India and Bangladesh: Religious Hardships

The heart wrenching nature of how Muslims regularly get preyed on by Hindus in India, is a very different reality to the peaceful existence, which Muslims and Hindus share on a daily basis in Bangladesh

Religious violence, sometimes even bordering on persecution of people religiously different from the Hindu-majority in India is a decades-old barbaric national story. In neighbouring Bangladesh, there has never been any major problem with religious violence, or the inability of ethnic minorities to get along in a predominantly Muslim nation.

Even when conflicts arose between Hindus and Muslims, it would happen during the darkest phases of Bangladesh’s political history, where the entirely wrong set of people were in power, with their vital connections to terrorism and Pakistan – that political period, which largely aimed to taint Bangladesh’s democracy, no longer prevails. It has been many years since democracy has prevailed instead, since the early nineties in fact and the democratic situation in Bangladesh is a lot better than many countries in the world, such as Nepal, Thailand, Morocco, Pakistan, Egypt and Cambodia.

It is always the wrong sets of people, wishing to appeal to fundamentalism, who attack Hindus in Bangladesh, and it is so hard to not connect these various sets of people as those reliant on Pakistan, or maybe even Sri Lanka, given the two nations’ very bad track record on dealing with homegrown terrorism or homegrown terrorist groups. For India, however, which has had the fortune of successive governments working in favour of democracy in the country, persecution of Muslims has wrongfully been directed by political parties, such as Shiv Sena or the Bhartiya Janata Party, which helmed by Narendra Modi is in power. It is not just that because the state seemingly also has been unable to do a lot to ease Hindu-Muslim tensions in India – it has heinously occurred plenty of times already.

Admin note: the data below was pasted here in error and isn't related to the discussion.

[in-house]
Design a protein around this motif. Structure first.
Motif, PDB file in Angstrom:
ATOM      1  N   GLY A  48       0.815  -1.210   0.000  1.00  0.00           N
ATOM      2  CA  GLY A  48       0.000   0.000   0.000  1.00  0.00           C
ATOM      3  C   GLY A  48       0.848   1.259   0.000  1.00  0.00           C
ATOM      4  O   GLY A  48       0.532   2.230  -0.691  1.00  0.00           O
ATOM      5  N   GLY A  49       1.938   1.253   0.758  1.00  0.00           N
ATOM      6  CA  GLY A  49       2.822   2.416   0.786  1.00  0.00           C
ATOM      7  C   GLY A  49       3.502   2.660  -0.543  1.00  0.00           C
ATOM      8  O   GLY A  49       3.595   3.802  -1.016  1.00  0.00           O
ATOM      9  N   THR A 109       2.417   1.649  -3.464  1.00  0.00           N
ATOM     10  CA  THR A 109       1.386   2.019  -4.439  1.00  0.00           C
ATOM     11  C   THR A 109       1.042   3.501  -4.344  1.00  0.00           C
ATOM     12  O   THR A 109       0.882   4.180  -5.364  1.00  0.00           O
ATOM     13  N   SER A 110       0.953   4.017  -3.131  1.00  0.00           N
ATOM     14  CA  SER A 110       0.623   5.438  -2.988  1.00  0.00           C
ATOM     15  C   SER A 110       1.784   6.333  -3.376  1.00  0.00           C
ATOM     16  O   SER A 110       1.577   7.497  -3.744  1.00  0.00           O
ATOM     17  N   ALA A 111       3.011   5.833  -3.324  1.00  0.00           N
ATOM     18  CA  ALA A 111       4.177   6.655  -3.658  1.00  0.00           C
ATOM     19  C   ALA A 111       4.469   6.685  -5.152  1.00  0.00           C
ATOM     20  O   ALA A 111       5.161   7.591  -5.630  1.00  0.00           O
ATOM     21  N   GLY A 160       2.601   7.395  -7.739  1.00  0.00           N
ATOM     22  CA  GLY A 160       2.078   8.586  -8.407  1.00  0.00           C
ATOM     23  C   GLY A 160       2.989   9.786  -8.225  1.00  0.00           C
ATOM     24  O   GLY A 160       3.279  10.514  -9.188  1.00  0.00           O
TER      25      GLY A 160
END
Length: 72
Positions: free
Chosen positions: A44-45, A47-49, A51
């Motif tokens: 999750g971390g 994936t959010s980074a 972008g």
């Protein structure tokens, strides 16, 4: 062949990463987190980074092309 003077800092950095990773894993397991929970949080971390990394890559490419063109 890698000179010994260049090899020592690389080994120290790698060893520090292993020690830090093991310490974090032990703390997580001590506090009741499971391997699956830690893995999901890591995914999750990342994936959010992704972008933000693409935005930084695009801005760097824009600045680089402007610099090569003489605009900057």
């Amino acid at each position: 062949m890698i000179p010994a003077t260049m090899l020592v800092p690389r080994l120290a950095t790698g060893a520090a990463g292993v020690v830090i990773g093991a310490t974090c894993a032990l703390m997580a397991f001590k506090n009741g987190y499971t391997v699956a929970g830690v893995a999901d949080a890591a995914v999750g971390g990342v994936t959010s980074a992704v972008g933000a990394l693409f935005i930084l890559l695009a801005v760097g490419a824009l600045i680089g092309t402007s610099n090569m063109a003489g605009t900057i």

Whenever communal conflict happens in India between Hindus and Muslims, it is always the Muslims who pay a very heavy price – many people even lose their lives. These episodes of violence have made Muslims in India retreat into a ghetto form of living, which first of all is not helping with integration matters with the rest of the population of India built of numerous religions, from Hinduism to Sikhism. Following that up is the reality that these ghettos have made it simpler for rioting parties to prey on Muslims because it is a known fact that many Muslims live in those particular areas of India.

The only source of comfort in these troubling times is perhaps the fact that the situation in India isn’t as bad as in Pakistan, whose population is mostly built up of Muslims. In Pakistan, ethnic violence, with regards to Hindus is horrific: rising homegrown extremism often persecute Hindus, Christians, etc. in the country; the West has repeatedly accused Pakistan of supporting the Taliban, an extremist political movement headquartered in Pakistan but the state does nothing but deny involvement. Intolerance and awful prejudice towards Hindus in Pakistan is a reality in Pakistan and it’s particularly widespread – they are often called ‘miserly’. Perhaps this intolerance towards Hindus (in Pakistan) should be looked upon as a lesson on how much a South Asian country can really deteriorate. Meanwhile, the harmonity with which Hindus and Muslims exist in Bangladesh is a part of the nation’s societal fabric: Hindus (in Bangladesh) practice much of the religious customs of Hindus in West Bengal (in India), which aren’t very much different from the religious practices of Hindus across India.

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